Saturday, June 13, 2009

What Cheek! A Potted History of the Blackpool Postcard (Part Two)

Right, where we were? Oh yes…
There were several notable cartoonists amongst the plethora producing such simple works of common folk art. These included John Hassall, Alfred Lees, Tom Browne, Bruce Bairnsfather and Donald McGill. The latter (i.e. McGill) came in for a right load of old stick, unfortunately, when the inevitable backlash against people enjoying themselves occurred in the 1950s.

The problem was, you see, the upper middle classes considered themselves the moral guardians of the proletariat. Whilst it was perfectly acceptable for those with the right sort of breeding to swan around art galleries studying plump naked women being raped by swans and stuff, the idea that ordinary, uneducated folk (who really ought to have been back in the factories filling up the coffers for the aristocracy) were allowed access to cheerful, slightly risqué material was completely unacceptable.

Similar hypocritical (not to mention classist) contentions continue to this day with the upper crust still trying to ban nudity from the television screens whilst allowing it in the theatre, or complaining about the brutality of boxing when, if the truth be known, more children die every year from accidents involving frisky horses than boxers kick the bucket by knocking ten barrels out of each other.

As every government knows, the trick to keeping plebeians submissive is to begrudgingly allow them just enough moral leniency that they actually believe they’re getting away with something. However, there is always a handful of ethical elite who takes their morality one step too far.

Watch Committees were established in seaside resorts such as Blackpool, and poor old McGill (at that time eighty-one years old) found himself prosecuted under the Obscene Publications Act. A number of his postcards were even destroyed outright.
Or at least, they were supposed to be.

Want to see one? We thought you might…

Did I say it was going to be subtle? It’s intriguing to think that this was on public sale around the same time that George Formby was being banned by the BBC for the suggestive lyrics in his classic ‘Little Stick of Blackpool Rock’. Let’s face it McGill wasn’t pulling any punches, but...obscenity?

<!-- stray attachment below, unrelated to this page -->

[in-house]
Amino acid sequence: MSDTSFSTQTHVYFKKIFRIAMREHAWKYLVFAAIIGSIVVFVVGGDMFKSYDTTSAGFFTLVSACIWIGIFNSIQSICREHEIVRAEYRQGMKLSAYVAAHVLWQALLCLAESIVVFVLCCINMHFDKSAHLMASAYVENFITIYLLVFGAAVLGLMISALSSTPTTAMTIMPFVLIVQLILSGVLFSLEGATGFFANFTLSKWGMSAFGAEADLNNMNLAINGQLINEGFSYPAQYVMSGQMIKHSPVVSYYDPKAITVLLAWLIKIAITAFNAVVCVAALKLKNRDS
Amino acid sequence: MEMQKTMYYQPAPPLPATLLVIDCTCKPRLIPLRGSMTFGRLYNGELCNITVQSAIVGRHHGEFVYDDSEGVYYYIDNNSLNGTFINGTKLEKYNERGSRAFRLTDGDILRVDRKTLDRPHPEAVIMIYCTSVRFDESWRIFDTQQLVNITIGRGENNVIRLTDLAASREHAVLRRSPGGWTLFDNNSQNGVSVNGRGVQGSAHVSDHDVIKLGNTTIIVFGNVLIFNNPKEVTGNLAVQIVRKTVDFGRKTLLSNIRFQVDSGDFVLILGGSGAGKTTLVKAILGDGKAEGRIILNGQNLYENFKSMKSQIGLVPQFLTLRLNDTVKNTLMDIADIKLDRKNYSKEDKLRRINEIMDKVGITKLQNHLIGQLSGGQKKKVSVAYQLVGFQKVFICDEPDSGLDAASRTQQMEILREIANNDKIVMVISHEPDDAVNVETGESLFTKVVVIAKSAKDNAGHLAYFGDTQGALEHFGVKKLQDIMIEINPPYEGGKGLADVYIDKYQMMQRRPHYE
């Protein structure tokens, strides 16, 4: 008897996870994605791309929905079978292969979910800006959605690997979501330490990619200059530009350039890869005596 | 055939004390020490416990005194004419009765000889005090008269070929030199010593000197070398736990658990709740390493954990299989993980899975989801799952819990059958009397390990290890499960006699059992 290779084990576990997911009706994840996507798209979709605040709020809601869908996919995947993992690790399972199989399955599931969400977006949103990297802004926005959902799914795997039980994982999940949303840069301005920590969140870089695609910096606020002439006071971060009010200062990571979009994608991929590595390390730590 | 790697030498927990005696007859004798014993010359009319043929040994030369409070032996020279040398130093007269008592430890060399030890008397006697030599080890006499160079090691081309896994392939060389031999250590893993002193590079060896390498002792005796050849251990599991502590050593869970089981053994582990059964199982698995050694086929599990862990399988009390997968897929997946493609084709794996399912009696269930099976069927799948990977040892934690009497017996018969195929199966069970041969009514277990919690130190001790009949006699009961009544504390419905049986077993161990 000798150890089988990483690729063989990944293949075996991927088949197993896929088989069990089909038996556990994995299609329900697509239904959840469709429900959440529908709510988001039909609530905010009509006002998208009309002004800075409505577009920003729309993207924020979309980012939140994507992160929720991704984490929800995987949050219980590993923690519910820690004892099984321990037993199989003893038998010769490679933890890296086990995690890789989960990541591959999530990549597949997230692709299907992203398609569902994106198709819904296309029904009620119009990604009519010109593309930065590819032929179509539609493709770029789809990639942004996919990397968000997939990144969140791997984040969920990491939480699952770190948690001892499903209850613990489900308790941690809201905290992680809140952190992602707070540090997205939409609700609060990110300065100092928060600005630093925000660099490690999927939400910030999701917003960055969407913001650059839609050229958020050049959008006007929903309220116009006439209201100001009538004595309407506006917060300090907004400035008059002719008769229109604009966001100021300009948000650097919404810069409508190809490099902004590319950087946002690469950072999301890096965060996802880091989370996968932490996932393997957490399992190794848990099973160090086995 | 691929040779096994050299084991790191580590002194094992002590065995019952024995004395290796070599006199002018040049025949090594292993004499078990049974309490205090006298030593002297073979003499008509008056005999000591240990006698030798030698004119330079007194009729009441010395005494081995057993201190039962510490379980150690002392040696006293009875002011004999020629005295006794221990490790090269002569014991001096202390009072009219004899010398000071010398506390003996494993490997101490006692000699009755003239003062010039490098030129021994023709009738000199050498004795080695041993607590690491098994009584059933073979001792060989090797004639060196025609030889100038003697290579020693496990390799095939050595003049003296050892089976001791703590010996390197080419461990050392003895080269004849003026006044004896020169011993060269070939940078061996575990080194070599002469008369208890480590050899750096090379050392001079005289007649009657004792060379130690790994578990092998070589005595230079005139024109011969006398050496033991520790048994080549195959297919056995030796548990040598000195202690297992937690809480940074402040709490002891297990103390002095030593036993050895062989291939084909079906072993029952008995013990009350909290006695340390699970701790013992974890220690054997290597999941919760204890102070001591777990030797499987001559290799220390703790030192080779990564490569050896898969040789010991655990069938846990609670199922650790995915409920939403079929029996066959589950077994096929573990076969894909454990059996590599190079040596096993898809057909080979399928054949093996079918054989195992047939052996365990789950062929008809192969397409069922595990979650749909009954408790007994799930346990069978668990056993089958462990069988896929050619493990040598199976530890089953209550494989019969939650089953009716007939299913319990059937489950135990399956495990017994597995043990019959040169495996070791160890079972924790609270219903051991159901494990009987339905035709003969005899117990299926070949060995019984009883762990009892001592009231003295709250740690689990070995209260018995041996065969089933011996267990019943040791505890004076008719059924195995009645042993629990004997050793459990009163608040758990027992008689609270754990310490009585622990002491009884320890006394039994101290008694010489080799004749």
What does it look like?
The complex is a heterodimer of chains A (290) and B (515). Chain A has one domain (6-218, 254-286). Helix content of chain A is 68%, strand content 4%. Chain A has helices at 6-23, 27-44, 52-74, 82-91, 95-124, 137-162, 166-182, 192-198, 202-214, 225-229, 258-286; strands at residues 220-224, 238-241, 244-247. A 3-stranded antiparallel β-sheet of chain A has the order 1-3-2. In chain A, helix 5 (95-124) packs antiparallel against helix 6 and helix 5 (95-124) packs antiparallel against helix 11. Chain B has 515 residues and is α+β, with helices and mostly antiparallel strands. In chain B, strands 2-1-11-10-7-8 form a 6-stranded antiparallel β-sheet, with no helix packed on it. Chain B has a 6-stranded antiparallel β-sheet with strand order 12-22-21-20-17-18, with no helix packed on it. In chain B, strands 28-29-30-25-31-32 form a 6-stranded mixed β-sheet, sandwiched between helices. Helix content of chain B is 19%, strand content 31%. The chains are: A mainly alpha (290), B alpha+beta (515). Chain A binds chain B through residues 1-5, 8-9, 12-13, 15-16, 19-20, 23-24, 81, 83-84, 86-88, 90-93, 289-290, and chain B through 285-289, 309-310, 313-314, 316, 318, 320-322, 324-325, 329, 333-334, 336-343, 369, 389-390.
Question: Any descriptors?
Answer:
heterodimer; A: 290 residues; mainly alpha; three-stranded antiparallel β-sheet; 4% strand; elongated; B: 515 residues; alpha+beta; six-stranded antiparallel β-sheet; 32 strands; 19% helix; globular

For a while the ‘Outraged Few’ got their way, shop owners were forced to withdraw their racks (ooh er) and a number of printers were even made bankrupt in the process. However, as was only to be expected, once again the tide of opinion turned, bringing with it the usual line of flotsam and jetsam.

For a few more decades the improper postcard graced every café, newsagent and ice cream stall in Blackpool, the standard of wit slowly depreciating as the boundaries of acceptability were eroded.

It takes a proper comedian to perfect his timing, something that many of the fast-buck postcard producers failed to take into account, and by the 1980s the public themselves were growing tired of the increasingly misogynistic cartoons. Some of the images now available had passed beyond sexism and were bordering on rape scenarios, and with the rise of politically correct sentiments (coupled with mounting numbers of visitors travelling abroad) the cheeky Blackpool postcard (much like Carry On films) wheezed it’s lecherous last – not with a bang, but with a whimper (again, another cracking caption perhaps).

Time has passed and we’re now in the post-ironic era, which is pretty much the same as the didn’t-know-better era but with the bonus that there’s a psuedo-intellectual explanation thrown in to excuse anything offensive. The accusations of sexism levelled at Blackpool’s early postcards can now be reappraised, not so much as a narrow, bigoted view of women in society, but as a time of female emancipation.

Perhaps the rotund landladies and domineering, rolling-pin carrying wives could still be considered misogynistic (because, let’s face it, there are no fat, unruly or violent women in Lancashire), but the cheeky Blackpool postcard (now regarded as a collectable museum piece) could better be seen as an historical and social document, not so much for what it says in the caption, but for what it doesn’t say.
That’s innuendo for you, all grown up and clever like.


Anonymous said...

Well done i enjoyed both postings, comic postcards have not been included in a lot of postcard books about the Fylde Coast they are part of out History.they have made life fun for many.

Brian Hughes said...


I thought you'd enjoy that...especially seeing as I nicked most of 'em from your site. It's about time comic postcards made a comeback I reckon.

Jayne said...

Luverly ;)

Brian Hughes said...


Ann oDyne said...

never mind the world needing a cure for cancer - if we could just eradicate HYPOCRISY, then we would all feel better.

"I have to - I'm only here for the weekend" must have inspired the pitch for the tremendously successful Shirley Valentine movie.

Carry On Mr Howerd, Carry On Mr Hill.

Brian Hughes said...


No, nay and thrice nay, titter ye not missus. Fnargh fnargh.

John said...

Well, talk about growing up! This here blog is getting a bit important and educational, eh, what?

Good points, though. Especially that bit about the postcards being museum bits.

JOHN :0)

Brian Hughes said...


Every topic on this board is important, educational and mature. It's just that unfortunately I'm not.

shirley said...


Brian Hughes said...

Cheers Shirley, although I have to be honest, they all belong to Phil really. He owns some reet gradely stuff does Philip.